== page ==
Posted: Tue 25th Apr 2023
The vast majority of small businesses working on or aspiring to deliver public sector contracts do not believe the government fully understands how small firms can meet their needs. That's the finding of a new report by TechUK.
The business group's seventh annual survey focusing on the representation of smaller companies in public sector procurement found that 91.2% of SMEs do not think ministers have strong knowledge of the benefits of small firms delivering projects.
TechUK said it is "a worrying statistic and has remained largely the same over the past couple of years".
Although 59% of respondents said that the Digital Marketplace boosts SME access to contracts, only 27% felt that the government has acted effectively on its commitment to helping small businesses break into the public sector over the last five years. The figure is down on 40% in the previous survey.
In 2021, rules were introduced requiring that social value contributions account for at least 10% of the overall score when assessing pitches for contracts.
TechUK said the implementation of the policy has "proven challenging for SMEs as they often do not have the excess capacity or financial resources that larger companies use to address social value questions".
In the survey, 76% of small businesses said that addressing social value in contracts is an administrative burden.
TechUK shared five recommendations for the government:
Engage in more early pre-procurement market engagement.
Provide more support around social value.
Apply fewer frameworks.
Appoint ministerial SME champions who can understand the way SMEs operate and their needs.
Identify opportunities for collaborative bids and partnerships to support SMEs.
The recommendations echo a report by Enterprise Nation and the Entrepreneurs Network which called on the government to dramatically increase spending with UK small businesses to unlock economic growth and create a more dynamic economy.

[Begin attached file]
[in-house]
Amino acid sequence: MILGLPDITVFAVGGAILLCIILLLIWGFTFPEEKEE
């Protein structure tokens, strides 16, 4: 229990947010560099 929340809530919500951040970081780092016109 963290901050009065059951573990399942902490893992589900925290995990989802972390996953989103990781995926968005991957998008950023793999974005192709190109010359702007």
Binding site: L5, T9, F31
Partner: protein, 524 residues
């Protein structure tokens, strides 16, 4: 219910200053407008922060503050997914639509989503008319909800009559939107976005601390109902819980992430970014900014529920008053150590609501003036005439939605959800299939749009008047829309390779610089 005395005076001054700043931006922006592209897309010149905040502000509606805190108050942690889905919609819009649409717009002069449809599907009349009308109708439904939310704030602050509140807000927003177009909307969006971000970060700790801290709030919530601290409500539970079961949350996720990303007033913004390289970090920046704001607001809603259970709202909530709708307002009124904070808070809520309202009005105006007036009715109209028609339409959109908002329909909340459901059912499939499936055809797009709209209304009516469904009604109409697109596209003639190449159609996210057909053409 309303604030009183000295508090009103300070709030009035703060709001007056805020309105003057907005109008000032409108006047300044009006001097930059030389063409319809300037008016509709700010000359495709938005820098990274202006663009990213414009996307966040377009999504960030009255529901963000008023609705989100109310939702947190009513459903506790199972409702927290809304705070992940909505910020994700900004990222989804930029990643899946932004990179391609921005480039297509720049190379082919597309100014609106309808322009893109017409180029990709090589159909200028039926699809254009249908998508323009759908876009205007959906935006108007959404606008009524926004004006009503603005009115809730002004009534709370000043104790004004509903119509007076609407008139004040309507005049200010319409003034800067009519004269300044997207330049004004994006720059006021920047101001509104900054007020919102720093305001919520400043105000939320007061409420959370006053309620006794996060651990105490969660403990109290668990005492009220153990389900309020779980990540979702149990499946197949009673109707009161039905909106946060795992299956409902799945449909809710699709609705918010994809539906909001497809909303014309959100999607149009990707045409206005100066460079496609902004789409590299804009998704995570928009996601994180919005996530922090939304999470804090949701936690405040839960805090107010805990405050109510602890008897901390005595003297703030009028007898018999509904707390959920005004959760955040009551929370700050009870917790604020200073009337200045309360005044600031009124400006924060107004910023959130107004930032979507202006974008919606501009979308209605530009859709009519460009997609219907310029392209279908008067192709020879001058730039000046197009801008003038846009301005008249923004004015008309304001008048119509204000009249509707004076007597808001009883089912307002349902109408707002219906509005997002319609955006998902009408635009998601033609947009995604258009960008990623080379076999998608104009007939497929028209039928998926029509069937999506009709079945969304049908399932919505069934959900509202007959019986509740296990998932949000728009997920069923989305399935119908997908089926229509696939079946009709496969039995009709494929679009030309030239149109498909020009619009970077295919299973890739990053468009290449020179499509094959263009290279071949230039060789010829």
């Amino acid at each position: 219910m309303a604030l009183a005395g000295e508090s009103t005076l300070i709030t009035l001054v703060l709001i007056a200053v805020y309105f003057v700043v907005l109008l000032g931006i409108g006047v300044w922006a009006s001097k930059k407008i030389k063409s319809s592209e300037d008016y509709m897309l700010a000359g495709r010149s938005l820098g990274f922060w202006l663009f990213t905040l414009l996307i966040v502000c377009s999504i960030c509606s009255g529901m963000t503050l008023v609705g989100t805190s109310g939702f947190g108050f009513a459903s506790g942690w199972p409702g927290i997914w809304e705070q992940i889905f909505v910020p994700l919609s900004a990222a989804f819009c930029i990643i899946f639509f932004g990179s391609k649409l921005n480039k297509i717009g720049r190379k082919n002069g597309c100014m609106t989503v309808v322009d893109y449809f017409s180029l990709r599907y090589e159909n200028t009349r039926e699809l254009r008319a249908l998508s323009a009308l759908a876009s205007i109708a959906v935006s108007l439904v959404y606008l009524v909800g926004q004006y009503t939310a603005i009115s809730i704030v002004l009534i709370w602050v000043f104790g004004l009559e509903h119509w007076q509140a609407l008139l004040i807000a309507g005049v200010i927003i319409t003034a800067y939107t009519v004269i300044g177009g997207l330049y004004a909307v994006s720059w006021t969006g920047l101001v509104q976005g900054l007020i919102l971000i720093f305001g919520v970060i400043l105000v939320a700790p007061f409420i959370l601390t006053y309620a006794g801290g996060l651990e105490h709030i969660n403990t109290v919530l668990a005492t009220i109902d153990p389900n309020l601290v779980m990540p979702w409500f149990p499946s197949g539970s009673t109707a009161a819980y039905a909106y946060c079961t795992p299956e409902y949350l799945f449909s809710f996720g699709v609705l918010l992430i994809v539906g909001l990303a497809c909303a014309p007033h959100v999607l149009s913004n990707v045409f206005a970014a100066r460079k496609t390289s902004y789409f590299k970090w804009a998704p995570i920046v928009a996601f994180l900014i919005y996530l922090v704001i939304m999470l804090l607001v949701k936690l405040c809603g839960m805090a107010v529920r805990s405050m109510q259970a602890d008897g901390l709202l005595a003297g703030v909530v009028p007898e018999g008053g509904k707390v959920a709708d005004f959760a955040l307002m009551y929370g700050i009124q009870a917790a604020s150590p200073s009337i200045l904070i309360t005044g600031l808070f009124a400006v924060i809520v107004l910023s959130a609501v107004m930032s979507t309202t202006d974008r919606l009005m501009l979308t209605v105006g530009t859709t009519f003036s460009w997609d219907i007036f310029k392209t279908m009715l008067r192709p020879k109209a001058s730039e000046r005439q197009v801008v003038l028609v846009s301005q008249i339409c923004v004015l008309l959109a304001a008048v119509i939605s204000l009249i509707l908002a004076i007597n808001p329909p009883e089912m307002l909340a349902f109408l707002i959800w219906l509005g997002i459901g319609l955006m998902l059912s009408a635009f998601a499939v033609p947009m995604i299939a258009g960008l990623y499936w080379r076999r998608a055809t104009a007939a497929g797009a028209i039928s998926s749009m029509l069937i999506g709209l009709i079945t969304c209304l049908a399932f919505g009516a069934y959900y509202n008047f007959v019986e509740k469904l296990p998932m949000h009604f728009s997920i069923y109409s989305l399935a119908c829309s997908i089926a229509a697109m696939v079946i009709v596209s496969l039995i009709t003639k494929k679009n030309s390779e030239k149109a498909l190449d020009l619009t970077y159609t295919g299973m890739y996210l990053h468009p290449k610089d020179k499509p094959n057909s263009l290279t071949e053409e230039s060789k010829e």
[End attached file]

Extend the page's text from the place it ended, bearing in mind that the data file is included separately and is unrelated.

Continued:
It found that despite policy ambition to increase spending with SMEs to 25%, over the past five years the government had managed to spend just 10% of its total procurement budget directly with small businesses.
Enterprise Nation founder Emma Jones has also contributed to The Entrepreneurs Network essay collection exploring how to build an innovative economy which benefits everyone in society.
Her Pioneering Procurement essay explains that by allowing more small businesses to access public sector contracts, the government and taxpayers could benefit from entrepreneurial innovation.
"By injecting investment into these types of companies, we could be delivering better services and saving taxpayers' money along the way," she writes.
The government's Procurement Bill, which aims to improve small businesses' access to public sector contracts, is currently working its way through Parliament.
Features of the Bill include requiring procurement teams to make sure there are no unnecessary barriers that might hinder smaller companies in a contract, as well as ensuring bidding timelines are realistic and giving more consistent and helpful feedback to unsuccessful bidders.
Other key elements are forcing public sector organisations to pay suppliers within 30 days, and the creation of one single website for small businesses to register on, rather than the multiple sites founders currently have to use before bidding for work.
At an event run by Enterprise Nation and Deloitte earlier this year, Cabinet Office minister Baroness Neville-Rolfe said:
"The platform, which will be free for all to access, will make life easier for suppliers in a range of ways. For example, it will let suppliers see forward pipelines. This will allow them to find out more, plan which contracts to go for, where to invest, and when to prepare to bid or work with partners to develop consortia and joint bids.
"It will establish a single place for suppliers to register and self-authenticate their key bidding information – a "tell us once" approach that will cut out needless repetitive bureaucracy."
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